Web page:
“The whole aim of practical politics is to keep the populace alarmed (and hence clamorous to be led to safety) by menacing it with an endless series of hobgoblins, all of them imaginary” H L Mencken
The introduction to the Conference of Parties (COP 26) in Glasgow in November 2021 is headed in bold letters: “CLIMATE CHANGE IS THE GREATEST RISK FACING US ALL”. It goes on to note “Despite the opportunities we are not acting fast enough. To avert this crisis, countries need to join forces urgently” and furthermore they see the event as “…to be the world’s last best chance to get runaway climate change under control“.
The following figure should now be familiar to anyone following the debate on climate change. It is taken from section A1 of the Sixth Assessment Report of the The Intergovernmental Panel on Climate Change (IPCC) which section states that:
“It is unequivocal that human influence has warmed the atmosphere, ocean and land.
Widespread and rapid changes in the atmosphere, ocean, cryosphere and biosphere
A legally binding international treaty on climate change was adopted by 196 Parties at COP 21 in Paris, on 12 December 2015 and entered into force on 4 November 2016. The so-called Paris Agreement‘s goal was to limit global warming to well below 2, preferably to 1.5 degrees Celsius, compared to pre-industrial levels.
The next webpage considers what methods were used to measure or determine these temperatures and highlights areas of controversy surrounding the presentation of temperature data.
A glossary of terms associated with the topic of climate change appears below.
GLOSSARY – a selection with sources cited.
Anthropogenic greenhouse gases: Greenhouse gases generated by human activity rather than natural processes or by forcings. The main sources are burning fossil fuels, agriculture, forestry and land use, cement manufacture and aerosols – BGS
Climate: Climate is usually defined as the average weather, or more rigorously, as the statistical description in terms of the mean and variability of relevant quantities (such as temperature, rainfall, cloudiness, sunshine, and wind speeds) over a period of time ranging from months to thousands or millions of years. The classical period for averaging these variables is 30 years, as defined by the World Meteorological Organization – adapted from IPCC Glossary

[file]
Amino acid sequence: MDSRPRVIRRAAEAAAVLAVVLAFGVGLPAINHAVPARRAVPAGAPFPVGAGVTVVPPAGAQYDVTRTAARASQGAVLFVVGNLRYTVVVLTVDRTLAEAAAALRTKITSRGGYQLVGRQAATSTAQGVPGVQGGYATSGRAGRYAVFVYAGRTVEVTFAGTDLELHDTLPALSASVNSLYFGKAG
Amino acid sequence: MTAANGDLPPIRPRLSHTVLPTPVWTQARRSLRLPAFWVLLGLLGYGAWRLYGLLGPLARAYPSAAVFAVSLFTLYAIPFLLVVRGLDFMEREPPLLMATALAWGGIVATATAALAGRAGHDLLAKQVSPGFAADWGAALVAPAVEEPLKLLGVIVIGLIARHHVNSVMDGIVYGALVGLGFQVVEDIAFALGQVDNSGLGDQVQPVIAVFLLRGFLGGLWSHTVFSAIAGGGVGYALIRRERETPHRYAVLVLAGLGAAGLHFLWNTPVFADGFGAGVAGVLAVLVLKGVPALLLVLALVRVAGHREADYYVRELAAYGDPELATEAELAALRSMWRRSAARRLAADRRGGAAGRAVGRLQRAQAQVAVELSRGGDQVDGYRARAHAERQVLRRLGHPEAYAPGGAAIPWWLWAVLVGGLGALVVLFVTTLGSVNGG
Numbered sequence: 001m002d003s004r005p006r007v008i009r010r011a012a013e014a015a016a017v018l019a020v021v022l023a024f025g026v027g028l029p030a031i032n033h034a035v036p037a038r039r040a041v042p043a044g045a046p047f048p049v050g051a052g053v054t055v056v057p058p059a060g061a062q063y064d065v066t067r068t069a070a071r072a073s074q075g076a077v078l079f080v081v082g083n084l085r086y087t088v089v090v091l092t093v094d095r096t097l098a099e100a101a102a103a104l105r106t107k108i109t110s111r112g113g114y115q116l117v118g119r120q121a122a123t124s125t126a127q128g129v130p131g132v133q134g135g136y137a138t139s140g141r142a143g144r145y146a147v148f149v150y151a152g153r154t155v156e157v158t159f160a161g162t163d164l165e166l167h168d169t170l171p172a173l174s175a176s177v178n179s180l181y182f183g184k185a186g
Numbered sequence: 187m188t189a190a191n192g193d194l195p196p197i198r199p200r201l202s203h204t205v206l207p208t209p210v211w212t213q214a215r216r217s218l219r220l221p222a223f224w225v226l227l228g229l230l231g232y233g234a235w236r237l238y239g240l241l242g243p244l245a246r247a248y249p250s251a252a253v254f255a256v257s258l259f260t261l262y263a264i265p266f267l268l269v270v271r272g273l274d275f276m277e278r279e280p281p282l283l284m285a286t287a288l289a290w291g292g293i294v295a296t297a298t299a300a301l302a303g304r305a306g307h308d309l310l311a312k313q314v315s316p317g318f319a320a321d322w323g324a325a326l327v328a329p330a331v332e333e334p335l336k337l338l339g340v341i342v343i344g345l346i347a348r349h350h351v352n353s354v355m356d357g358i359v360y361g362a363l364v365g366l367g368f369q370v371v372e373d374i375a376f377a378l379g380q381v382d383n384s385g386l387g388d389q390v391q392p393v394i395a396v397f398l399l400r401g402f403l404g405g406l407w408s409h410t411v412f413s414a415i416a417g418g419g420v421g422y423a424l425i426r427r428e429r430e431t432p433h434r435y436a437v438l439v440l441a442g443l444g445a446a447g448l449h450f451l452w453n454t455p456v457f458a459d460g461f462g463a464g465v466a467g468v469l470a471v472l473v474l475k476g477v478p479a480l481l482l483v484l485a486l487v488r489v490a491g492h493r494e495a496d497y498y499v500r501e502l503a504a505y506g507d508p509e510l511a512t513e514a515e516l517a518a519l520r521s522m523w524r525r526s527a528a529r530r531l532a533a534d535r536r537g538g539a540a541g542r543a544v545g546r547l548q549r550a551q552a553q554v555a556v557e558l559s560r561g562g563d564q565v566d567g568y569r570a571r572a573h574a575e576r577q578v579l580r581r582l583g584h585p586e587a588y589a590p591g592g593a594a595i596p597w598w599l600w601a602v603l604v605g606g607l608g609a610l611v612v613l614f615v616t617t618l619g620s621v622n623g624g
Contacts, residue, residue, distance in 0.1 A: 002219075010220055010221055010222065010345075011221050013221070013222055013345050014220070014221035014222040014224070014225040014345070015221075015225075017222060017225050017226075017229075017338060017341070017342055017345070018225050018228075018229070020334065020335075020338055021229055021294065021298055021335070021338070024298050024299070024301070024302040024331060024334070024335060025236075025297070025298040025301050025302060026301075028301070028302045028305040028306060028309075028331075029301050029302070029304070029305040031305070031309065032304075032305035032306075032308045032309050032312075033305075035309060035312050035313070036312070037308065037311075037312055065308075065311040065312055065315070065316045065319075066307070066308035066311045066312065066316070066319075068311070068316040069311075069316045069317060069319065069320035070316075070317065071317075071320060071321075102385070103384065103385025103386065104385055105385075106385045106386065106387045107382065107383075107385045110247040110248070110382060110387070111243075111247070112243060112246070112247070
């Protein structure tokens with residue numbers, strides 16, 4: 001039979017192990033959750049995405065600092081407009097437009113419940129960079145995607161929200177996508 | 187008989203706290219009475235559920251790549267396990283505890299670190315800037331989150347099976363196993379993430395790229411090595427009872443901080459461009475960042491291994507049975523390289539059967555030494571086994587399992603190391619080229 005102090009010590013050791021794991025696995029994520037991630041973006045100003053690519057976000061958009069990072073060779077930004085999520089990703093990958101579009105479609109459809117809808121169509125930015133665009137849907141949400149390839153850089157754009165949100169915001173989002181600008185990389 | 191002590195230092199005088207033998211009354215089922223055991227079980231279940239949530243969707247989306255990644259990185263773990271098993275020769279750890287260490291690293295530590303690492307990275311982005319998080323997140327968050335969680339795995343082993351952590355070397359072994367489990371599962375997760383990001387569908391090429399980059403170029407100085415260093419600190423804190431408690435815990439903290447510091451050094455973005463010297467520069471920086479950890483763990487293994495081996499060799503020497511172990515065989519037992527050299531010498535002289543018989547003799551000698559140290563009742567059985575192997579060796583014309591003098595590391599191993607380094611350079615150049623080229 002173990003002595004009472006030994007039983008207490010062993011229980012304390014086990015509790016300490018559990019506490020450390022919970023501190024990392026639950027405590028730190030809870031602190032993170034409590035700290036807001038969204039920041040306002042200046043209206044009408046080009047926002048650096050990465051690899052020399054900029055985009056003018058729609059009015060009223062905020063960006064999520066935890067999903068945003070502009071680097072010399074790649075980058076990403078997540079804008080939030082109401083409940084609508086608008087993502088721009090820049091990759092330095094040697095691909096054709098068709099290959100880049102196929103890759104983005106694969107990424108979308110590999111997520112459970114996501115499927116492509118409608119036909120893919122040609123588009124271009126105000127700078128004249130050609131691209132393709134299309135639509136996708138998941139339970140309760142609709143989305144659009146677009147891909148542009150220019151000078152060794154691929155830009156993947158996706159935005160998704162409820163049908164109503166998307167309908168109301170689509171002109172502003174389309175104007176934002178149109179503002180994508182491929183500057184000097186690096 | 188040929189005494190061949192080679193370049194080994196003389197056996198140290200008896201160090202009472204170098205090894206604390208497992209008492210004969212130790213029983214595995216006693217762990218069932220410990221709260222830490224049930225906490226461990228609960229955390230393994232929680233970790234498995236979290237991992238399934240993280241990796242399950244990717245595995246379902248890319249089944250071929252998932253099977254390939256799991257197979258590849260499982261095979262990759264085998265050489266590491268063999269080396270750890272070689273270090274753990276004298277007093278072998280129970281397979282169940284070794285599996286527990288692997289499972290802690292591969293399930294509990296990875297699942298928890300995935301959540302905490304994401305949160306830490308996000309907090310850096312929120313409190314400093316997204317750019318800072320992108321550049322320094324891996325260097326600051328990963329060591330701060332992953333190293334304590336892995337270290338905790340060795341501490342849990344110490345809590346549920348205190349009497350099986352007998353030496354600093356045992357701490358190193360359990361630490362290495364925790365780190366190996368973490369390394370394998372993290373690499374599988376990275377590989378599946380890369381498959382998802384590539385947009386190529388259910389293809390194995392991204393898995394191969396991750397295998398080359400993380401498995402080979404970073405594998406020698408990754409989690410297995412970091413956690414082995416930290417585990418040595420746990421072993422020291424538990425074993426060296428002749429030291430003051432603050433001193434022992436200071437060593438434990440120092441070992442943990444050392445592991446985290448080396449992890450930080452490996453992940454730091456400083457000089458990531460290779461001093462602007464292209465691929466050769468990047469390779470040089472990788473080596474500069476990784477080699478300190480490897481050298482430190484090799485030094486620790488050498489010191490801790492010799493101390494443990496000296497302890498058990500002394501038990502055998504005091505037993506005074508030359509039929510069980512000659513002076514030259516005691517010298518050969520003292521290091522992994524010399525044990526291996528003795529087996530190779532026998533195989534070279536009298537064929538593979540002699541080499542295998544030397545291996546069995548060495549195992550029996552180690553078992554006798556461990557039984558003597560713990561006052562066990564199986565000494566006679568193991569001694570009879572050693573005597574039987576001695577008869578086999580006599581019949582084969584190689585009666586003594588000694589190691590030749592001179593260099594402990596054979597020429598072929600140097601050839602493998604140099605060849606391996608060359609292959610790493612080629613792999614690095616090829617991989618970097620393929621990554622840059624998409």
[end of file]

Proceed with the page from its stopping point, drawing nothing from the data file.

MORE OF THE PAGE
Climate Change: A change in the state of the climate that can be identified (e.g., by using statistical tests) by changes in the mean and/or the variability of its properties and that persists for an extended period, typically decades or longer. Climate change may be due to natural internal processes or external forcings (i.e. ‘influences’) such as modulations of the solar cycles, volcanic eruptions and persistent anthropogenic changes in the composition of the atmosphere or in land use – IPCC Glossary
Greenhouse Gases: A greenhouse gas is called that because it absorbs infrared radiation from the Sun in the form of heat, which is circulated in the atmosphere and eventually lost to space. In descending order, the gases that contribute most to the Earth’s greenhouse effect are: water vapour (H2O), carbon dioxide (CO2), nitrous oxide(N2O), methane (CH4) and ozone (O3). Without the natural greenhouse effect, the heat emitted by the Earth would simply pass outwards from the Earth’s surface into space and the Earth would have an average temperature of about -20°C – BGS . See also anthropogenic greenhouse gases.